Don’t Be Surprised if You See a Decline in Copper
Copper prices have been on a nice upward trend since June 2005, driven by good economic growth, a strong housing market in the United States, and an insatiable appetite from copper hungry China. But the charts now show some hesitancy, as there are worries regarding demand.
The concern relates to China, which has been a major international driver of numerous commodities due to continued strong growth in its economy. When there are demand concerns emerging from such a country, you have to listen. Any shock out of China can have a devastating impact on numerous commodity markets.
It was recently reported that China’s State Regulation Center of Supplies Reserve had failed to sell all its copper, even after being offered in its second auction in a week. This factor is crucial for copper prices, as much of the copper’s appreciation on the charts have been driven by expectations of mammoth demand out of China. So, when China’s State Regulation Center could not sell of its copper, you really need to take a step back to think. Moreover, sales from China clearly implied reduced demand for copper in foreign market, and this could impact prices on high-grade copper on the COMEX.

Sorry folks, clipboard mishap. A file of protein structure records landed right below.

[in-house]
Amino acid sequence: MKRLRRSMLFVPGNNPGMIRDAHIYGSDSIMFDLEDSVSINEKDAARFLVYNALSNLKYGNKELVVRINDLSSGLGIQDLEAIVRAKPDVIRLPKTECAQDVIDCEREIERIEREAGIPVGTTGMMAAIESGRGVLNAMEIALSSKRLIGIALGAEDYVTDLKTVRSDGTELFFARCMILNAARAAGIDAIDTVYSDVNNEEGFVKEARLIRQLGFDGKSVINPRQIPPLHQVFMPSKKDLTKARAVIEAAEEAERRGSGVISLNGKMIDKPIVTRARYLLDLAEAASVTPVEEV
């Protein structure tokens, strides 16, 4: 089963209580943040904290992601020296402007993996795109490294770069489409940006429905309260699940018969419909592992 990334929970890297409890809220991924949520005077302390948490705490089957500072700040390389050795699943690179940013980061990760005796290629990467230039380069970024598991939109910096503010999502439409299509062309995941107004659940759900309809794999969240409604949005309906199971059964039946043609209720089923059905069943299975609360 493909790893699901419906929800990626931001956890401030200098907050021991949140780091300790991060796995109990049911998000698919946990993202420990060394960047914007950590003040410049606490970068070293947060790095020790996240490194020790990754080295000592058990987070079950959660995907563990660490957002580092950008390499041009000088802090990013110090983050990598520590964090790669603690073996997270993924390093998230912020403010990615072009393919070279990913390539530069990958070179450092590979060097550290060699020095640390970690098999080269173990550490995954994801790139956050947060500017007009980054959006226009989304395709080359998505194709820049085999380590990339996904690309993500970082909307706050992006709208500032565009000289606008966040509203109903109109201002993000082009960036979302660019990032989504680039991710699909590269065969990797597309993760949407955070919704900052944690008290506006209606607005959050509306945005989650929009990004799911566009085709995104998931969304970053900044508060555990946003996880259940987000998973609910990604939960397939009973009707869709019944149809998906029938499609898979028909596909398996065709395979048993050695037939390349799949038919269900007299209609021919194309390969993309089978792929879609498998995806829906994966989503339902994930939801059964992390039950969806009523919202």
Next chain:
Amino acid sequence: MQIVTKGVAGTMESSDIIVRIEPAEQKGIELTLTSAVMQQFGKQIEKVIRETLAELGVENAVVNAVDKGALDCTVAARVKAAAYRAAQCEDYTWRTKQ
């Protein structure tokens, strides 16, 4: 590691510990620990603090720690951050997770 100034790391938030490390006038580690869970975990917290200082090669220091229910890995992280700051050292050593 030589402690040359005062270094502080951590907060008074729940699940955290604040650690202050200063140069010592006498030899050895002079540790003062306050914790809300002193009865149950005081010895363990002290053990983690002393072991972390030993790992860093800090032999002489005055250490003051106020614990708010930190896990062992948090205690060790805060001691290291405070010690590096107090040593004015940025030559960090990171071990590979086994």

The December 2005 high-grade copper futures contract in the COMEX remains bullish, as does the trend. But, given the buying, the near-term picture looks technically overbought, and the Relative Strength has been flat.
The MACD Oscillator also just crossed over to the neutral/sell side. Since June 2004, this occurrence has materialized on the chart on two occasions prior to now. In each of the previous two occurrences with the MACD, copper traded sideways but managed to hold. What this tells us is that copper may be setting up for another period of consolidation.
Given the demand concerns out of China, don’t be surprised if you see a near-term decline on the charts.